Energy Efficiency. Attics in hot climates get horribly hot. That heat transfers down into the home, dramatically increasing air conditioning costs and also making living spaces uncomfortable. Metal roofing offers three primary ways in which it keeps homes cooler and reduces air conditioning costs often by 20% or more. First, light colored metal roofs or metal roofs with special pigments in dark colors reflect radiant heat. Second, metal roofs lose any gained heat very quickly to the sky when the sun sets or goes behind a cloud or even when a slight breeze blows. Other roofing materials capture and retain the sun’s heat. Third, many metal roofs – especially the shingle, shake and tile look ones – have an integral airspace between the metal and the roof deck. This airspace acts as a thermal break, stopping conductive heat transfer.
The special consideration for Energy Efficiency is ventilation. Almost any roof and attic assembly can be made more efficient with good intake and exhaust ventilation. Metal roofs are easily vented and re-roofing is an ideal time to increase attic ventilation.
Algae. Many homes in hot climates also have humid climates. Many roofing materials quickly get ugly black streaks in humid areas. This is a form of algae that grows in roofs. Metal roofs are known for being resistant to this sort of streaking and staining, keeping their good looks far longer than other products do. Metal roofs have an aesthetic life that lasts as long as their functional life. Other roofing materials look aged and like they need to be replaced before they actually do need to be replaced.
A special consideration is posed by trees. Trees overhanging or around any roof can drop debris as well as sap. That debris and sap can stick to a metal roof the same as to any roof. The benefit with metal those is that these things do not shorten the life of the roof.
Value. At the end of the day, when you look at the durability, energy efficiency, fire safety, and other benefits of metal roofing, metal is a great choice for any climate and especially for hot climates where other roofing materials fail quickly.
The special consideration to Value is that metal roofing is a higher investment. It is over time that metal roofing really shows its cost per year benefit over other products. Because roofing prices historically double about every ten years, metal is ideal for homeowners who intend to stay in the same home through at least one re-roofing cycle. While nationally the average lifespan of a standard shingle roof is about 17 years, we see them being replaced in as few as 5 to 7 years in hot climates. While all of your neighbors will be periodically paying to replace their roofs, the owners of metal roofs will be able to spend their hard-earned dollars elsewhere!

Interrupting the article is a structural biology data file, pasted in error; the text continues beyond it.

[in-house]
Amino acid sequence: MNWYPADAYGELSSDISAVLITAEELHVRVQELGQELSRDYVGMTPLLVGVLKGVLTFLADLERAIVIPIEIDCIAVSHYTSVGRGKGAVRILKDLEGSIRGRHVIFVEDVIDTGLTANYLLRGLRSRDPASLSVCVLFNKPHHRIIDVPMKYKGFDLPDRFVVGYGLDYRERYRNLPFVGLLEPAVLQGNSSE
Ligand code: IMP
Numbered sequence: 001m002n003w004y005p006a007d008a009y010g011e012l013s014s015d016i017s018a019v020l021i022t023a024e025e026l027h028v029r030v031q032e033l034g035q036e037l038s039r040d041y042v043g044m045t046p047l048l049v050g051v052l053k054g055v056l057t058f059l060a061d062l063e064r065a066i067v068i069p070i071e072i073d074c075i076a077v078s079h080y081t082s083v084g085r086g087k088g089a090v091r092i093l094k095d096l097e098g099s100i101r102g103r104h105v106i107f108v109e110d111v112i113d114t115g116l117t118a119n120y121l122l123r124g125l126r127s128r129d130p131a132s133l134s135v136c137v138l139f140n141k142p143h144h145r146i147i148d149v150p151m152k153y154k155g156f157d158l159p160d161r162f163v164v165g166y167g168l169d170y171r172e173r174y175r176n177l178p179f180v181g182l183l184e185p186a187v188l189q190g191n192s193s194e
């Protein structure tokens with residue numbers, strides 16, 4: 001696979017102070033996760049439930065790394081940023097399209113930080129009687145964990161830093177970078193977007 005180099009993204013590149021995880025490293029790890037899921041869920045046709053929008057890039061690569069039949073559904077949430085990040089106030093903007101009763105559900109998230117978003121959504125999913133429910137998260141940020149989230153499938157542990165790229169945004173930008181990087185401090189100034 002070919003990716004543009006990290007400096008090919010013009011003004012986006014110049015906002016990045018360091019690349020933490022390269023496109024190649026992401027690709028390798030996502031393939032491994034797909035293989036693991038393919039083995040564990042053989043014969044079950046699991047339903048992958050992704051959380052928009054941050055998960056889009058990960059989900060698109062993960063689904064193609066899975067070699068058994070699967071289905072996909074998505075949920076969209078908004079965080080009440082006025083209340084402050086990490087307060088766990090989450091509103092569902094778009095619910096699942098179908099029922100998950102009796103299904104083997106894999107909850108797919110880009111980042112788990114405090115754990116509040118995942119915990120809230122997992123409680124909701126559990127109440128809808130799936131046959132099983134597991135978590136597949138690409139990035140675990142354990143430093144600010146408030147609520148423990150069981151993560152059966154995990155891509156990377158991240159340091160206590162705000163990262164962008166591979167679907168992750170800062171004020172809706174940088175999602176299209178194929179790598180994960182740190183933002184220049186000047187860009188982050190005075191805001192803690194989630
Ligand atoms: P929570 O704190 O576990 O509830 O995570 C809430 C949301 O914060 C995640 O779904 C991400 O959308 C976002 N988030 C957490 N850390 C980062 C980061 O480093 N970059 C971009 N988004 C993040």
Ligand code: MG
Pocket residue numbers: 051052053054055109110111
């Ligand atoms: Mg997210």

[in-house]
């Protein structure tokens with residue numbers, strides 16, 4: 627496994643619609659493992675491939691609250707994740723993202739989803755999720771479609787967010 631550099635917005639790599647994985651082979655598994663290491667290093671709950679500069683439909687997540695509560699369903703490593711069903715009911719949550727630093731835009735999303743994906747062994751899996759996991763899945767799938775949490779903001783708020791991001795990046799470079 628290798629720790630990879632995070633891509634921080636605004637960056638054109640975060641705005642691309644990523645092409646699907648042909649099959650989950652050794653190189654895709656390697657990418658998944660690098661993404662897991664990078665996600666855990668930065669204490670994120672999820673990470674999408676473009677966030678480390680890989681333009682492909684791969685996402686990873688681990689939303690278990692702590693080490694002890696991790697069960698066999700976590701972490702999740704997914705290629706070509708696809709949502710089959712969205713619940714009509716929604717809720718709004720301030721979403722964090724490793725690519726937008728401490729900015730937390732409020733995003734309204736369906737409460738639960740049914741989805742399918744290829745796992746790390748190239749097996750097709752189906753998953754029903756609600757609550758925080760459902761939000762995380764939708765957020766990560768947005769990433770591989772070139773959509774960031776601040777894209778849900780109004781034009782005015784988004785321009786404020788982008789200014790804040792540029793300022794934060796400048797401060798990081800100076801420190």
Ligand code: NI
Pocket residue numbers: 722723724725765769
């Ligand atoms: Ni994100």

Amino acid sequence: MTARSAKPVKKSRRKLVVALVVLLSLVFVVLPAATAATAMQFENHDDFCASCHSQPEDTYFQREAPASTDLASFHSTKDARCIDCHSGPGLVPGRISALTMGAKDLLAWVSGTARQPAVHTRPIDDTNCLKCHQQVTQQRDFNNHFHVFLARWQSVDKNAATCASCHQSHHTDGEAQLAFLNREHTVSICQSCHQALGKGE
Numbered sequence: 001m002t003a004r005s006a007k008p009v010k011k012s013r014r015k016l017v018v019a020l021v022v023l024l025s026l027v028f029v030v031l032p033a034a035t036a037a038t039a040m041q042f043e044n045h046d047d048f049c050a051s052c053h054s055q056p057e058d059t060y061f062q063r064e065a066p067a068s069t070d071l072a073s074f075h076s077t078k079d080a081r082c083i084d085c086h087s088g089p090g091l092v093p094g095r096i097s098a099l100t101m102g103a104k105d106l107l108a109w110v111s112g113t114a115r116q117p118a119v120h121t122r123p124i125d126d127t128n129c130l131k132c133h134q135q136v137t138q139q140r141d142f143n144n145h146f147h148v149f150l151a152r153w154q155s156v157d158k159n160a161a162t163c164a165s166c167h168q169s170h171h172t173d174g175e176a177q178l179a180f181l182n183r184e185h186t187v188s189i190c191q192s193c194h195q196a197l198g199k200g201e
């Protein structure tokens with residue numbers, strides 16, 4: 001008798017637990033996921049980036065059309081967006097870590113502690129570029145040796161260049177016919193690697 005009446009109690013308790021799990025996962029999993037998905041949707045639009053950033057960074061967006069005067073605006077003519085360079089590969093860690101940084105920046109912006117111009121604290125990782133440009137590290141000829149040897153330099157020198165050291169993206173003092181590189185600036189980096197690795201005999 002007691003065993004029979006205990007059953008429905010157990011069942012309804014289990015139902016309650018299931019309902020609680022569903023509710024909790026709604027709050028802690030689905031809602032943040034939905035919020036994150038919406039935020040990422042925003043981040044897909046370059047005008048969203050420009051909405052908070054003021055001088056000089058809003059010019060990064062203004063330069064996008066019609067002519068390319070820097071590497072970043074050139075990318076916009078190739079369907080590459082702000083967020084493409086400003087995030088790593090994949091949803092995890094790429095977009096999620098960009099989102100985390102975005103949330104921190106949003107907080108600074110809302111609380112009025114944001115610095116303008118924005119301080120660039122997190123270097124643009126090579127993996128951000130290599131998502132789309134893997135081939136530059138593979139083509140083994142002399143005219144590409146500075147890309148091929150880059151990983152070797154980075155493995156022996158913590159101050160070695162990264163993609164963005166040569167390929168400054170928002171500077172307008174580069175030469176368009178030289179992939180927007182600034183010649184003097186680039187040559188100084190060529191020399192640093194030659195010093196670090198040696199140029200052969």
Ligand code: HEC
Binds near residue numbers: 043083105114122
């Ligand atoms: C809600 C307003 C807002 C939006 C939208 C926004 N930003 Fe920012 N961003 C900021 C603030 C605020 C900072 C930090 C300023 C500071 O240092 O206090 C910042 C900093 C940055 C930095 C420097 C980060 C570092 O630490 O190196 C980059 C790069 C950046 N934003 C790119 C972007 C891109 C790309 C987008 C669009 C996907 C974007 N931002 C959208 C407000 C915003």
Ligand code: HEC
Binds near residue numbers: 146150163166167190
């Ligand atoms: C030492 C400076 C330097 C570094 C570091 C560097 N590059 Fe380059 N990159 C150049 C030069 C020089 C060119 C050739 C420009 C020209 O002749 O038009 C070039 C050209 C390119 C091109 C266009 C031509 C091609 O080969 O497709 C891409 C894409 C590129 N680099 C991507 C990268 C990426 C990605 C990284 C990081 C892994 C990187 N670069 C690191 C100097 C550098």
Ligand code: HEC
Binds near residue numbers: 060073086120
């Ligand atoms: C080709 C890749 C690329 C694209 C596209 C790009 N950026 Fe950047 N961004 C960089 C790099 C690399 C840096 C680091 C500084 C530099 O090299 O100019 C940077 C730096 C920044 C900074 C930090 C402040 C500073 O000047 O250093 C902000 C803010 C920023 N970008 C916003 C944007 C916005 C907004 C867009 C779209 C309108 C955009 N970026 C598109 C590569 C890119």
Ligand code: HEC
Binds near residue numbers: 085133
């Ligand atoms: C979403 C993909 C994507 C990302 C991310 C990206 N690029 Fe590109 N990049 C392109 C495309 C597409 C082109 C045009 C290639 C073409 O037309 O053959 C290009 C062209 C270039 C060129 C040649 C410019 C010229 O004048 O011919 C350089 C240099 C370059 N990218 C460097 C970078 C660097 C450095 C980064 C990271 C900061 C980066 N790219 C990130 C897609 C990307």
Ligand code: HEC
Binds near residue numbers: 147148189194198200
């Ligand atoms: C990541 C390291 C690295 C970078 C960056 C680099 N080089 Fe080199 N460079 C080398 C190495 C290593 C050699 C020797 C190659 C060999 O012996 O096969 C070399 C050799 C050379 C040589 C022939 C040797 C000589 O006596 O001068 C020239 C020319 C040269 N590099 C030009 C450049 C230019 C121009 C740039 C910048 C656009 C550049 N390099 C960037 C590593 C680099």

Kynar 500® is a registered trademark belonging to Arkema Inc.
Hylar 5000® is a registered trademark belonging to Solvay
Todd Miller has spent his entire career in the metal building products manufacturing industry. He is president of Isaiah Industries, an organization recognized as one of the world’s leading metal roofing manufacturers. Todd is currently Vice President of the MRA (Metal Roofing Association) and a Past Chair of MCA (Metal Construction Association). Through his website, he strives to raise the bar on standards and practices to provide property owners with the best possible products for successful roofing projects.
You may pull quotes from this article provided you include a link back to the original article on this site. You may not reprint this full article, or even a significant amount of the article, without explicit permission. To gain permission, click here.